Cafe Azul. Just the name brings back such festive and delicious memories.
Years ago, it must have been about 1996, two sisters named Shawna and Claire Archibald opened Cafe Azul in downtown McMinnville. Claire was the chef and Shawna ran the front of the house. Claire trained with Diana Kennedy, that legendary cookbook writer who is sometimes referred to as “the Julia Child of Mexican cuisine.” Cafe Azul sported a bright blue (naturally) and orange color scheme and featured the wonderfully complex and delicious dishes of Oaxaca, Mexico.
It was a bold move to open a restaurant like Cafe Azul in little old McMinnville at the time. Twenty years ago we were still the heart of the Willamette Valley, but we were hardly a well-known tourist destination, and the locals did their best to support the restaurants in town, but there just weren’t that many of us.
Rob and I moved here in 1994 and at the time we were one of only two wine business families actually living in McMinnville. Now, of course, it’s a much different scenario. Everyone wants to visit McMinnville, and after they do, they want to move here. And who could blame them? I did exactly the same thing! And, since the wine industry has grown so much in the last 25 years and McMinnville is a great place to live and raise a family, there are now lots of wine industry folks living here. This really boosts the population of people who are eating out on a regular basis.
When my more newly arrived colleagues happen to grumble about lack of access to something in McMinnville today, I shake my head and say “Ha, that’s nothing! When we moved here you couldn’t even buy goat cheese without going into Portland.” That’s true too. Now we have three cheese counters in McMinnville!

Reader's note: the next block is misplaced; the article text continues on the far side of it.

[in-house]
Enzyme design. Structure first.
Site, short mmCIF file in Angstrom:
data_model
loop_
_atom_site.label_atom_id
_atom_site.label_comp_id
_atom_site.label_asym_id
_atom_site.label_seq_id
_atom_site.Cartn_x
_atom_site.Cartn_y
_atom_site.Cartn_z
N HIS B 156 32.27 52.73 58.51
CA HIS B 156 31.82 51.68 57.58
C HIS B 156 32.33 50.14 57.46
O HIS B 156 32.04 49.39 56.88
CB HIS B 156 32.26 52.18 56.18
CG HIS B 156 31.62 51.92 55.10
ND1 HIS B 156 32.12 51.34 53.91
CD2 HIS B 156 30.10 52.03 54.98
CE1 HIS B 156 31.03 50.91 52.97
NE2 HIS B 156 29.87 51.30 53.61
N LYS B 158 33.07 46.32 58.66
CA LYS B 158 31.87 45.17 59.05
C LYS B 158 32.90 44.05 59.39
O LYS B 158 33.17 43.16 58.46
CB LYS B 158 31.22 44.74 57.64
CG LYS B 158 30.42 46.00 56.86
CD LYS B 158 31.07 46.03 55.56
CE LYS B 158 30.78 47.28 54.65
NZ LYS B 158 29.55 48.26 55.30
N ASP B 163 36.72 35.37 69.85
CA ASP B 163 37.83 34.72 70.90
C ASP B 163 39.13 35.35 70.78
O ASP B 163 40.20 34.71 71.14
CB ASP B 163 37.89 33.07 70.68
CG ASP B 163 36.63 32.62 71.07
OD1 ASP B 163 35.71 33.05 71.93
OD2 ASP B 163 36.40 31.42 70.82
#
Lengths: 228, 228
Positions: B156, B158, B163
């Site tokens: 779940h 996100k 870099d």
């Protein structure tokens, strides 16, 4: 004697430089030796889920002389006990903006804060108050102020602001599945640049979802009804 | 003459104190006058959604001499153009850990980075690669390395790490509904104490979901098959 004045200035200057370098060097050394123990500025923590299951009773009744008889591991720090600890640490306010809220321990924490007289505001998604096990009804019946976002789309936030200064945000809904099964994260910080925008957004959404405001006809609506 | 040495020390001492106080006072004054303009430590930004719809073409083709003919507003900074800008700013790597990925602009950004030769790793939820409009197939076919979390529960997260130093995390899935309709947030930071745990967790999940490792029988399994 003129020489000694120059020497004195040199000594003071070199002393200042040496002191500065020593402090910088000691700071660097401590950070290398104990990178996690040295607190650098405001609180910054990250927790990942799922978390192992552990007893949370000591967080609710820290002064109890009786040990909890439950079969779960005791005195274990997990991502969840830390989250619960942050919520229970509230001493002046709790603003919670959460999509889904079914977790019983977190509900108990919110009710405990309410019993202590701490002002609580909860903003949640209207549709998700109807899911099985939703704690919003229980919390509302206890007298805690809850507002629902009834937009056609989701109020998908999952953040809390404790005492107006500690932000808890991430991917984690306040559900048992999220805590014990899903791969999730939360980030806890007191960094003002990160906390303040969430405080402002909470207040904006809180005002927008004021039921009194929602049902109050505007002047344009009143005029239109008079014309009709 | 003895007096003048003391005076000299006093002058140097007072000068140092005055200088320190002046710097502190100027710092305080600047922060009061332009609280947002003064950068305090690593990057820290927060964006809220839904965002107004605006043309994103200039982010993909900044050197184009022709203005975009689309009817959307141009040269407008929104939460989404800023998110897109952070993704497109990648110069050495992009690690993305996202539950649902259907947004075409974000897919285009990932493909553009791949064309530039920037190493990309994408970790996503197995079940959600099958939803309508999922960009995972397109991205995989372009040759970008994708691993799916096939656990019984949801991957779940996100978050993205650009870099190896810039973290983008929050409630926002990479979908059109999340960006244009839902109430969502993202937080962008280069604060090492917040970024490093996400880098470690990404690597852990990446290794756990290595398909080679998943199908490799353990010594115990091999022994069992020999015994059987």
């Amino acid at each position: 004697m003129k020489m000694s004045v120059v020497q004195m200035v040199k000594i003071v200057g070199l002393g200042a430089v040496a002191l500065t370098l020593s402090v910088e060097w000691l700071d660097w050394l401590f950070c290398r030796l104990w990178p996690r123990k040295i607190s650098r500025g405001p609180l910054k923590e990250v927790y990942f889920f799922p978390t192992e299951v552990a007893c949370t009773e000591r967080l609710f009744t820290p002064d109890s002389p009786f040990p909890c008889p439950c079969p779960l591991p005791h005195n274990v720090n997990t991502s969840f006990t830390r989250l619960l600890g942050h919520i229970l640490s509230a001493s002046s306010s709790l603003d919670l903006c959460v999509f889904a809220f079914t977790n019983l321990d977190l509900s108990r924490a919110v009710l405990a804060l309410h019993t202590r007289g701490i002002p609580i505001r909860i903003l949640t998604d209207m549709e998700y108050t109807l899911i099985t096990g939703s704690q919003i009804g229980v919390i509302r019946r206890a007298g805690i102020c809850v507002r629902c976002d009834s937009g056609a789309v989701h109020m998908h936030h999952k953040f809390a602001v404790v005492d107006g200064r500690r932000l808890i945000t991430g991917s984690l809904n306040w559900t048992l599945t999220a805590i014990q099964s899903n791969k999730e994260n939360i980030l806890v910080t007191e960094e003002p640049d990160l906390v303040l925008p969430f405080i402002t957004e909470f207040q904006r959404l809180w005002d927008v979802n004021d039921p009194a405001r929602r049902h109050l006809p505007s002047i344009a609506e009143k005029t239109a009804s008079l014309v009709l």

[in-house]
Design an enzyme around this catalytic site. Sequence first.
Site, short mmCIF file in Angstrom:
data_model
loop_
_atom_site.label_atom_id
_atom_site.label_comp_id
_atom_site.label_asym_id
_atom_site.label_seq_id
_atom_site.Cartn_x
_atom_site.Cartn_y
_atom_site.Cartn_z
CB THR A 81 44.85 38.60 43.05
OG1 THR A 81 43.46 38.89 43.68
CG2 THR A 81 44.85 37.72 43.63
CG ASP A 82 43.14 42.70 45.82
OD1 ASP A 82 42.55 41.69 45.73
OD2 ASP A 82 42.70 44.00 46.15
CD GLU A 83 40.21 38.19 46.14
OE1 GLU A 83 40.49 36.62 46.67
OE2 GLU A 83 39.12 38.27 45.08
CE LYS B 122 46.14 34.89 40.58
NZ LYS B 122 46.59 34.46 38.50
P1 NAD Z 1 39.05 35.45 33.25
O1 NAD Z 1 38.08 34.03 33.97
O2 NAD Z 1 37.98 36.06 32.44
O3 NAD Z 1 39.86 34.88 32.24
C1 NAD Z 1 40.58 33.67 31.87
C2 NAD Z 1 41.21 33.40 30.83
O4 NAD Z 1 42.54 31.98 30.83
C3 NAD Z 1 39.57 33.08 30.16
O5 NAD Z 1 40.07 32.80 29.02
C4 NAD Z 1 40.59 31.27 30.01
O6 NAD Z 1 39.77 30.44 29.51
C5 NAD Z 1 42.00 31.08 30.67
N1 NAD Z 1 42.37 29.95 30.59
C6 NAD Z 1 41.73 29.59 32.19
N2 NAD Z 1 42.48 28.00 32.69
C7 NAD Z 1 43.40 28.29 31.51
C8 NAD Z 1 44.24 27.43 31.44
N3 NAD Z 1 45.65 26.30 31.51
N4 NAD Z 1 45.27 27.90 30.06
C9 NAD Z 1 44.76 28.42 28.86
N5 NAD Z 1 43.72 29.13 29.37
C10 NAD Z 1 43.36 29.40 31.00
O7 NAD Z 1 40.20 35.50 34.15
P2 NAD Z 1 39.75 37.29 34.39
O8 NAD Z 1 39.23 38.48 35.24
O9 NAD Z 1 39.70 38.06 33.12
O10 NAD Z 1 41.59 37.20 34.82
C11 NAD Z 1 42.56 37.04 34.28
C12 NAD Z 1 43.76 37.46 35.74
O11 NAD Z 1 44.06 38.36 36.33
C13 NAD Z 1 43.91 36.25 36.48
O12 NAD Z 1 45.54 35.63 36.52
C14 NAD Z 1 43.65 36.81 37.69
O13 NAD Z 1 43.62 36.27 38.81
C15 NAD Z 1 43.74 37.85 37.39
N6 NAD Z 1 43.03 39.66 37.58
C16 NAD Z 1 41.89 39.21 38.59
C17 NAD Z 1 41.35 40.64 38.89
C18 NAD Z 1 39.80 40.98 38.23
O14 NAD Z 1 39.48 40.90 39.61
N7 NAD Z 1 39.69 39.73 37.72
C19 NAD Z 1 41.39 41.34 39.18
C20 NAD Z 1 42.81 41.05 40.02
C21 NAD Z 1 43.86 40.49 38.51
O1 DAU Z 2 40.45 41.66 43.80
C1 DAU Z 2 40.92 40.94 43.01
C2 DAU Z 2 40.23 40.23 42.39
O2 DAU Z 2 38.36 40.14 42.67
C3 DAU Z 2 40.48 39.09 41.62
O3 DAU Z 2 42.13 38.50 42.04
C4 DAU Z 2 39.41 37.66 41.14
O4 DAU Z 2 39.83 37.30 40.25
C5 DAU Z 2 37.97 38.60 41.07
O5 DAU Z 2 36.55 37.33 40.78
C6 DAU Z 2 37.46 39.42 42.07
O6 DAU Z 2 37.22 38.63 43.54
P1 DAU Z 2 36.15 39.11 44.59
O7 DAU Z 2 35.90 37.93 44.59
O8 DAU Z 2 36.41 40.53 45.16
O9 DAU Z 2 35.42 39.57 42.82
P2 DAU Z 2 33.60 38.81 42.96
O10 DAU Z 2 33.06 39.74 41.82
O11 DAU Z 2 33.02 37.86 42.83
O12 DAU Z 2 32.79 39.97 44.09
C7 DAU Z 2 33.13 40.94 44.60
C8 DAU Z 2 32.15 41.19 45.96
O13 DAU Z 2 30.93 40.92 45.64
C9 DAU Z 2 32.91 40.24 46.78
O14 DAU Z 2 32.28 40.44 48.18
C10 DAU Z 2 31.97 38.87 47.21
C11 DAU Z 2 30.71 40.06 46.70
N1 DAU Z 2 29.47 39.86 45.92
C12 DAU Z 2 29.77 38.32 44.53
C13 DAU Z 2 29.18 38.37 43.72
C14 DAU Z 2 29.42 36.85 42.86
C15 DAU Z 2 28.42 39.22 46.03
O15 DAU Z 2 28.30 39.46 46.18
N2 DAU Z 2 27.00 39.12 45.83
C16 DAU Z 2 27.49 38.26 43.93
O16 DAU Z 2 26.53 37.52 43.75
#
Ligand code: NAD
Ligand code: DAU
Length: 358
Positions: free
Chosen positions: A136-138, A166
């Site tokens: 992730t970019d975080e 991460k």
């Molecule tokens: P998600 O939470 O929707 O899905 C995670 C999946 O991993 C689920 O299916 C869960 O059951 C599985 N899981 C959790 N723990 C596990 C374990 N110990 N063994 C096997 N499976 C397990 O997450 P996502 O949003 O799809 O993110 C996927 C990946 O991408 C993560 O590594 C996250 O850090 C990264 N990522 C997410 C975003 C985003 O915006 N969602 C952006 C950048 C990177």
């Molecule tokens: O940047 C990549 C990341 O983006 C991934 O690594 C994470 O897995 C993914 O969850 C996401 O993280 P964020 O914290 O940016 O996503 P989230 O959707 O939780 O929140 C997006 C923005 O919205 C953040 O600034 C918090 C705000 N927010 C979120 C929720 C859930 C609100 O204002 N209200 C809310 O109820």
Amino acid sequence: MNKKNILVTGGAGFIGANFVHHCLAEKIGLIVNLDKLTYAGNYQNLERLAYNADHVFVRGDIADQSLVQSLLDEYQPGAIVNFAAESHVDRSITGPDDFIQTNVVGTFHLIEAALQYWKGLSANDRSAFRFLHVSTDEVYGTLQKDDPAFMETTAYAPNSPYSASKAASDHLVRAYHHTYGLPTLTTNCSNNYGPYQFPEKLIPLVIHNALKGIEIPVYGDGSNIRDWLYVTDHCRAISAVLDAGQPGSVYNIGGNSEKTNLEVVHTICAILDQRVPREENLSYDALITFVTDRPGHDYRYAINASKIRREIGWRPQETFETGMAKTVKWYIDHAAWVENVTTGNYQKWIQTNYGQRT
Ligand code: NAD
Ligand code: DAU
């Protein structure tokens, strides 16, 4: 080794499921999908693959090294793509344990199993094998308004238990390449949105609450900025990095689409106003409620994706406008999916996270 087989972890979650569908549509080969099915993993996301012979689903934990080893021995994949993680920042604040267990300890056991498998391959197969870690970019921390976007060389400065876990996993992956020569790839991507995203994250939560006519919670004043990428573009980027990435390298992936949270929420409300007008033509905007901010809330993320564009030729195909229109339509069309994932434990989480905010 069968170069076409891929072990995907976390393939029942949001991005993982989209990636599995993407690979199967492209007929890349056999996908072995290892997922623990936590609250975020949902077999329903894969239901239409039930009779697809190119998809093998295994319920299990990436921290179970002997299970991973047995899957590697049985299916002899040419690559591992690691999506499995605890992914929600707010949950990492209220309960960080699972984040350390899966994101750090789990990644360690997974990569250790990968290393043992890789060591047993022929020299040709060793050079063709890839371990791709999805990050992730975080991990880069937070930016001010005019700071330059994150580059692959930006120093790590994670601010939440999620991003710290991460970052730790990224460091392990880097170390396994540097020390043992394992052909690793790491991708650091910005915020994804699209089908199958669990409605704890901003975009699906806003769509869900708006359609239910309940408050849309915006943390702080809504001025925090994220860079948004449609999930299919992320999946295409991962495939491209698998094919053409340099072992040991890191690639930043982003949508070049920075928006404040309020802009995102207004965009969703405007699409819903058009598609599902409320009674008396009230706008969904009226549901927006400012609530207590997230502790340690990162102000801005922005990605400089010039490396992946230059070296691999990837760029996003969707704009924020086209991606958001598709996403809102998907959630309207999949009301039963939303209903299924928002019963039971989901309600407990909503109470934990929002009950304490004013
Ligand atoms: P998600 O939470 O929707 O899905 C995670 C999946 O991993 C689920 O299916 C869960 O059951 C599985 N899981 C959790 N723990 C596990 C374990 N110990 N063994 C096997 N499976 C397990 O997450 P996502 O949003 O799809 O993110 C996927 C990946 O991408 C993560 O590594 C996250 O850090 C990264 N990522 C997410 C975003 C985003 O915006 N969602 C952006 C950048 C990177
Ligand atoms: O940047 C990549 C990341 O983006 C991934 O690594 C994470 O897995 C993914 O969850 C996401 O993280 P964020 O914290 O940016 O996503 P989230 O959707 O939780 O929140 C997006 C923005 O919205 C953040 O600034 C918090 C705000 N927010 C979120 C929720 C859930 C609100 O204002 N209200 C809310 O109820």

But I digress, back to Cafe Azul. The food was stellar. It was beloved by so many of us and the first year it opened The Oregonian named it Portland Restaurant of the Year (even though it was in McMinnville). Throughout my first pregnancy, I craved their Carne Asada so much that I think we ate there two or three times a week! My other favorite thing to order was the Tinga Pie.
After just a couple of years, the sisters closed up shop here in McMinnville and moved the restaurant up to Portland. They were hopeful that a bigger pool of adventuresome diners would make their business solvent. It did for a few years, but after awhile they had to call it quits there too. It turns out people just weren’t really ready to make the leap to paying high-end prices for Mexican food, no matter how high the quality.
When they closed here, Claire gave me her recipe for Tinga Pie. And though I treasured it dearly, I still somehow misplaced it in all of the stacks of paper and file folders in my house. Then I was saved because The Oregonian printed the recipe in the paper. I clipped it out and started cooking again. Eventually, I misplaced that version as well. I kind of forgot about Tinga Pie, though every once in a while I would see a recipe for something like Tinga tacos, and remember how delicious it was. When I’ve experimented with those, they just don’t compare to Claire’s recipe.
I had never heard of Tinga Pie before Claire made it here, and I’ve never seen it on another menu since. It’s a savory chicken and chipotle filling, wrapped in a luscious and rich crust – such a delicious and unusual combination.
Eventually, the recipe was found! I was reminiscing about it at dinner not too long ago and my son picked up his phone and Googled “Cafe Azul Tinga Pie.” There it was, of course – and didn’t he feel smug? It must have been posted since the last time I searched (which was probably a few years ago) as none of my previous Google searches ever turned up anything, nor when I did a search on The Oregonian‘s site. Whatever the case, there it was on another blog. From my memory, the recipe looked pretty accurate, so I gave it a go. However, I made the pie in a rustic tart shape, as Claire did. This blogger made individual empanada shaped pies. Either way, I’m grateful to him for posting the recipe.